Exposure targets the obsession such that you expose and face the obsession. Response Prevention focuses the compulsions such that you are preventing the response that reinforces the anxiety. Meaning you commit to not engaging in the urge to do the compulsions. You learn to live your life without doing the compulsions.

The idea is that you cannot always control your incoming thoughts and feelings, but you can control how you behaviorally respond to them. The goal is not to have these thoughts but to learn how to tolerate them. You learn to exist without performing the compulsions.

When you perform a compulsion, you reinforce the idea that the fear is legitimate and that you cannot tolerate it, making your OCD more powerful. When you pair the exposure with response prevention, you teach your brain how to respond differently when your obsessions show up. Your thoughts do not have the power to hurt you beyond just being very uncomfortable.

You cannot always control your incoming thoughts and feelings, but you can control how you behaviorally respond to them. The goal of ERP is not only to avoid the compulsions but also to learn to sit with and tolerate the discomfort and anxiety.

2) Build a community to lean on and learn from:

If you know me, you know that I love the work of Dr. Brene Brown on embracing imperfections, letting go of shame, and showing up authentically. When it comes to building a support network, one of her quotes explains it perfectly when she says, “If you think you are supposed to do this work alone, you don’t understand what the work is.” I know it has been said a million times, but please hear me out when I say: You do not have to do this work alone. You do not have to go through this struggle alone. Because asking for help is not a sign of weakness.

The first step I want you to take, NOW, is to go to International Obsessive Compulsive Disorder Foundation, also known as the IOCDF website, and sign up for their newsletter. I know you are thinking you have tons of emails coming to your inbox daily. But you need to be in a community with others who are either living with OCD, treating it, or just understand it. For your next steps, I want you to search for your local groups. Here in Los Angeles, CA, OCD So-CAL is the Southern California Affiliate of the IOCDF. They hold events annually, and I am excited to share that I will be speaking at their 5th annual OCD So-CAL conference on July 31st on Perfectionism and OCD.

Other great ways to build a community are through social media and podcasts. Simply go to your preferred social media platforms and search for OCD. Many individuals share their stories to bring awareness and advocacy for OCD. There are talented mental health professionals who share information to improve your knowledge and education on OCD. Check out podcasts episodes. Read books on OCD.

3) Add mindfulness into your toolbox:

Mindfulness is being in the present moment non-judgmentally. When you are struggling with OCD, your thoughts either focus on the past to mentally review what you did or said. Other times, your thoughts are focused on the future to examine all the bad things that can happen.

When you try to bring your attention to the present moment, it can still be challenging since, in this present moment, you are experiencing intrusive thoughts.

When it comes to OCD, mindfulness isn’t just about being in the present, but it is about being non-judgmental. Mindfulness in OCD is about not resisting or rejecting the thoughts you are experiencing. It is actually doing the opposite. Doing the opposite is not about agreeing or giving in to the thoughts. Being in the present non-judgmentally means noticing and observing your thoughts without attaching meaning to them. It is about being able to recognize and “see” that you are having the thought of “harming your kid” or “sexual images with the same sex,” and intentionally allow those thoughts to exist. In this way, mindfulness is actually somewhat similar to ERP.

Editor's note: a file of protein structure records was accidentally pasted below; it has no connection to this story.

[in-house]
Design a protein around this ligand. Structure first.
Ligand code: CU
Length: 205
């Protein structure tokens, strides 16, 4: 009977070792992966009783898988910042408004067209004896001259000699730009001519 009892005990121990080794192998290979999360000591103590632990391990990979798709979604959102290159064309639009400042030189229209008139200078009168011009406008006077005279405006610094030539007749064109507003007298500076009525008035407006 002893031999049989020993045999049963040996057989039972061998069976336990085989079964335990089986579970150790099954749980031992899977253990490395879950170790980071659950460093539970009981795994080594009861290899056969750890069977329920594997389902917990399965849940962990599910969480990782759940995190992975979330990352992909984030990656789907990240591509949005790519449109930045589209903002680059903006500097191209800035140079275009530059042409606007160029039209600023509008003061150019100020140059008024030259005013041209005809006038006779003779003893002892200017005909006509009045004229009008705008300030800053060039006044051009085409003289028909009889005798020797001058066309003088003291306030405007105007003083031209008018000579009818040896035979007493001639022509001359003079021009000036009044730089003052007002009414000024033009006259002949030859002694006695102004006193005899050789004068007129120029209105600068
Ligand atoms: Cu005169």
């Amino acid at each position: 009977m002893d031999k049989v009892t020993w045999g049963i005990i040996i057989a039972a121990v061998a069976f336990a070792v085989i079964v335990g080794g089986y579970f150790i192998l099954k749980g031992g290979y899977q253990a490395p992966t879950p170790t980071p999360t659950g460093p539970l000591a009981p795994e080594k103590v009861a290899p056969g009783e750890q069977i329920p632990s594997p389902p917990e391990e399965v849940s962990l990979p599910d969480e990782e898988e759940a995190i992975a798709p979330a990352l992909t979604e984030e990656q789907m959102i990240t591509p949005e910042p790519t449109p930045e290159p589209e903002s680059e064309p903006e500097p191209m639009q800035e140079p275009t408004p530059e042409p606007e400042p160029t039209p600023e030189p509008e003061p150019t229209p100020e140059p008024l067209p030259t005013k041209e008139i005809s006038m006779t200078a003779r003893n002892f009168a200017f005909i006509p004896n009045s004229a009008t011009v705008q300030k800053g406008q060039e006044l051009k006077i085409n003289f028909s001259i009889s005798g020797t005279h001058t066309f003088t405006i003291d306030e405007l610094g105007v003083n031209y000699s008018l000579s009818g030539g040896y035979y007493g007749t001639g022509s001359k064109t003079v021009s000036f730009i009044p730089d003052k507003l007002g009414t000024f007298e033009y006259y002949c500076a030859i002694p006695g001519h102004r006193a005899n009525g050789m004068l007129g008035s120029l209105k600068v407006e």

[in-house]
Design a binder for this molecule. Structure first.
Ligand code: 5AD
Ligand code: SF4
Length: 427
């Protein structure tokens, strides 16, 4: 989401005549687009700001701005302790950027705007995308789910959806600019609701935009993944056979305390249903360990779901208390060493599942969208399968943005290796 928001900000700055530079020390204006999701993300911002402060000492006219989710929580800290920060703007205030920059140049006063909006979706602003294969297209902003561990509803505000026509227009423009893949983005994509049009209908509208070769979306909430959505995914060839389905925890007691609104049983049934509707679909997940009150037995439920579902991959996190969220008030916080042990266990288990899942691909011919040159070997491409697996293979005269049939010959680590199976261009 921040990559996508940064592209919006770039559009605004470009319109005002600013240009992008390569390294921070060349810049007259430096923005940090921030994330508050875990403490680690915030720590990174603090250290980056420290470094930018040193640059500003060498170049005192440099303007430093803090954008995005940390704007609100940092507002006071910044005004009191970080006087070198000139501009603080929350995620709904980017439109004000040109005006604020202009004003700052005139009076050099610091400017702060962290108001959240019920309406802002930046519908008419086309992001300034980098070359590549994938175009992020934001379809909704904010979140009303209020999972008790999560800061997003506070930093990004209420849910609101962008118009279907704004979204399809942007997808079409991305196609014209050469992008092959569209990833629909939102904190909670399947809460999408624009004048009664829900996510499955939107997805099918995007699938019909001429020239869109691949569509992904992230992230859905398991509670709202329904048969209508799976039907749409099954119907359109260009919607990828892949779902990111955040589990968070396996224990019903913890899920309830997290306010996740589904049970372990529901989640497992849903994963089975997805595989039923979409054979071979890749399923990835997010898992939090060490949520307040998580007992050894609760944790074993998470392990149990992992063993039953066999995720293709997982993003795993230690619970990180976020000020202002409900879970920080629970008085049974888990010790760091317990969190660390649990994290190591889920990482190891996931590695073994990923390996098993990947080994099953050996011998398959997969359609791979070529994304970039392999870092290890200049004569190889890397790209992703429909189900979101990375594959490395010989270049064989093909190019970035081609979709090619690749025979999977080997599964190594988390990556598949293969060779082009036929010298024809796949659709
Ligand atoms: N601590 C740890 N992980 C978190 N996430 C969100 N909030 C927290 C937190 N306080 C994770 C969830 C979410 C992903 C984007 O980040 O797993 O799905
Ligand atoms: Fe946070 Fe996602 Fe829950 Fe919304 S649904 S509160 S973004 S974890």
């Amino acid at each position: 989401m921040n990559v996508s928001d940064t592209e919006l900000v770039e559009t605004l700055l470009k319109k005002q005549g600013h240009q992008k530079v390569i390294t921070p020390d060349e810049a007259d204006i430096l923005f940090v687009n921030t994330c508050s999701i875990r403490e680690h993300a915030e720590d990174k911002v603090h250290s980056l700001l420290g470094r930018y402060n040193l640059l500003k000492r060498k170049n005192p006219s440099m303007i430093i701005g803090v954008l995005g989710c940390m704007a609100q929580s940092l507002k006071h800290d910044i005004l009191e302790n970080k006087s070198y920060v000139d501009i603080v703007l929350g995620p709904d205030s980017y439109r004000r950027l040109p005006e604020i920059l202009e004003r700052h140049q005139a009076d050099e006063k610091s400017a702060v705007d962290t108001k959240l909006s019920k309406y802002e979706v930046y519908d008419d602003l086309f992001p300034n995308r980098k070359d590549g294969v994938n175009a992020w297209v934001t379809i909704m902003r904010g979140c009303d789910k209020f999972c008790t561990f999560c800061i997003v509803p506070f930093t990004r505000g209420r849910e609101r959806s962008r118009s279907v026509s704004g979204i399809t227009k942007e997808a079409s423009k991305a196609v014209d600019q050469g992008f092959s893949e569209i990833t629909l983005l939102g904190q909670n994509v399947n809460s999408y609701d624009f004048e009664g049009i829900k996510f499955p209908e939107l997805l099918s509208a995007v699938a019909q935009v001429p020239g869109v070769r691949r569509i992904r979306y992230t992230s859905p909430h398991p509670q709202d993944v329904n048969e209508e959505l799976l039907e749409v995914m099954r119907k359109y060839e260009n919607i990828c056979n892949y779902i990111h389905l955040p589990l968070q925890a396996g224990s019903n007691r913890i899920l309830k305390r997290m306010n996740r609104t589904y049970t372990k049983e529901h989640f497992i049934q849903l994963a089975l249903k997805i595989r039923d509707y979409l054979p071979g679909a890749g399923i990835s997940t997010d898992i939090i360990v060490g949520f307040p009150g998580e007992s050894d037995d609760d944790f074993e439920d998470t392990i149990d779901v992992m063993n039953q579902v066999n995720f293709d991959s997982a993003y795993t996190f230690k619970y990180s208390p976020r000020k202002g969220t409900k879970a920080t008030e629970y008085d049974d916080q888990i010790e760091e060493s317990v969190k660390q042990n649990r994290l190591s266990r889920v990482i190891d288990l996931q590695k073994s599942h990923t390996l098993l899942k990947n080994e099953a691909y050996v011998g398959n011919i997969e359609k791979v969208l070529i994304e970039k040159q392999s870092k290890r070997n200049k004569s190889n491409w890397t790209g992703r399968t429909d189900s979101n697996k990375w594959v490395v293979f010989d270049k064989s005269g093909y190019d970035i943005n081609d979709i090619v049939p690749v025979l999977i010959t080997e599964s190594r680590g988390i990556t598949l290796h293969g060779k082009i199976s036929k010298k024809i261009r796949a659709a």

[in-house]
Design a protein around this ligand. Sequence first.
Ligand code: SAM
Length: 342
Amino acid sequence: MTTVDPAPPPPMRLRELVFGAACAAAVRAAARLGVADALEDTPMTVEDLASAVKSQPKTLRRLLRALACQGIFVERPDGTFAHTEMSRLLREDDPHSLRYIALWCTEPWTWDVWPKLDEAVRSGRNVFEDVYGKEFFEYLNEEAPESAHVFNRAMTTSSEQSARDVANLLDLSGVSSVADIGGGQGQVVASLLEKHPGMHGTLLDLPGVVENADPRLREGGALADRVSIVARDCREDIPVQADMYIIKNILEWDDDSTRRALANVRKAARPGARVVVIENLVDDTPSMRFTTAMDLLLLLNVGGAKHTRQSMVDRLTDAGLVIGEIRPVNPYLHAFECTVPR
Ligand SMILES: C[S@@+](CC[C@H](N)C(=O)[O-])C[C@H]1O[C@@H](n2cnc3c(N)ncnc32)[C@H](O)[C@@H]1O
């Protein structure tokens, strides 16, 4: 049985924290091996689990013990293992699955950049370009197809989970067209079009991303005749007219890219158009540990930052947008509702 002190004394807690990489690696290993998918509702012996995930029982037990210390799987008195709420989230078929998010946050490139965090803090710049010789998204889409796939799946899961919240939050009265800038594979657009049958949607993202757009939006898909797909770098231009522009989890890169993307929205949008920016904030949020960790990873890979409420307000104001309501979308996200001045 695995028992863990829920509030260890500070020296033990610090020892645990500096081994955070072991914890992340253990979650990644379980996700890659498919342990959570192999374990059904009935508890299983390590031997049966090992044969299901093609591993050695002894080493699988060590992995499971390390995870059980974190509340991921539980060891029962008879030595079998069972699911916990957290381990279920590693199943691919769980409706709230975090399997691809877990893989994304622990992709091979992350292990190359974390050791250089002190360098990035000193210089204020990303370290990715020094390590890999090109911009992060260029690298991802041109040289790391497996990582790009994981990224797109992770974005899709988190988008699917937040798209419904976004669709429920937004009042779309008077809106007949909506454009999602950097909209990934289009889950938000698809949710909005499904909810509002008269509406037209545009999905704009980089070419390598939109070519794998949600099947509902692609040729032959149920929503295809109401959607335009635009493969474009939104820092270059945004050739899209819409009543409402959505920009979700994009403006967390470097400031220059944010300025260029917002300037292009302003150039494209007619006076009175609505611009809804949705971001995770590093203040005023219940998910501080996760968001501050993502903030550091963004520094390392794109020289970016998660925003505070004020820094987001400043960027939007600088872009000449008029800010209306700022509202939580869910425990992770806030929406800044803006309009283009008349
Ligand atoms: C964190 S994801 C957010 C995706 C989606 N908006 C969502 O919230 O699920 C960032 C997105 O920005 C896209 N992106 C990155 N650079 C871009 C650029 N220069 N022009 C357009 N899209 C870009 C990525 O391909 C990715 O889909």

ERP is about confronting your fears and resisting the urge to ritualize. In mindfulness, you notice and observe your intrusive thoughts, as well as any discomforts caused by such thoughts, and resist the urge to respond with compulsions.

4) Self-Compassion

No matter where you are in your journey of understanding and managing your OCD, I hope that you always keep self-compassion close to your heart. Because addressing your OCD symptoms is hard and challenging work. I know it requires a lot of courage, strength, and resilience to try over and over again.

When things are tough, we tend to blame ourselves for our mistakes or struggle. We think something must be wrong with us for getting it wrong or having such a hard time. Especially when it comes to OCD, when there are setbacks, OCD will say, “maybe this ERP is not working” or “maybe you are having such a hard time because you don’t have OCD; you are what your thoughts say you are.”

Whatever your journey of managing OCD looks like, stay self-compassionate. When you are struggling, show yourself patience and kindness. Acknowledge that at this moment, you are feeling tired, defeated, overwhelmed, and/or scared. And remember that this is hard on anyone who is dealing with OCD. This is not hard just on you. It is hard on everyone. You are not alone.

Celebrate your efforts. Be proud of how you show up every day. Notice no matter how it turns out, you are giving your best today. Some days your best may be imperfect, but nonetheless, you are doing your best. Rest when you need to. Take a break to catch your breath. And when you are ready, get yourself back up and keep going. Because you deserve to live a life where you are the boss, not OCD. Remember, you are the author of your life, not OCD.

Embracing You Therapy Group Practice

Here at Embracing You Therapy Group, we invite you to explore with us how life would be different if you had more control over your thoughts and emotions, and we invite you to consider that it is possible to accept things just as they are, EMBRACING imperfections to create a gentler place for CALM in your life.

At our mental health practice in Woodland Hills, CA, we offer individual therapy and couple’s therapy. Both Dr. Menije and Cindy Sayani, AMFT offer virtual therapy to treat mental health concerns include Anxiety, panic attacks, OCD, phobias, and stress; Mood disorders including depression; Relationship issues, both in couples therapy and with individual clients; Perinatal mental health issues such as postpartum depression or anxiety.

If you are ready to learn more about ways perfectionism is showing up in your life, Dr. Menije has a self-study digital course on Breaking-up With Perfectionism.

Let’s learn what drives your unique perspective on anxiety and stress, and then let’s find the tools-your unique tools-that help you respond to life in a healthy, calm way. Contact us today.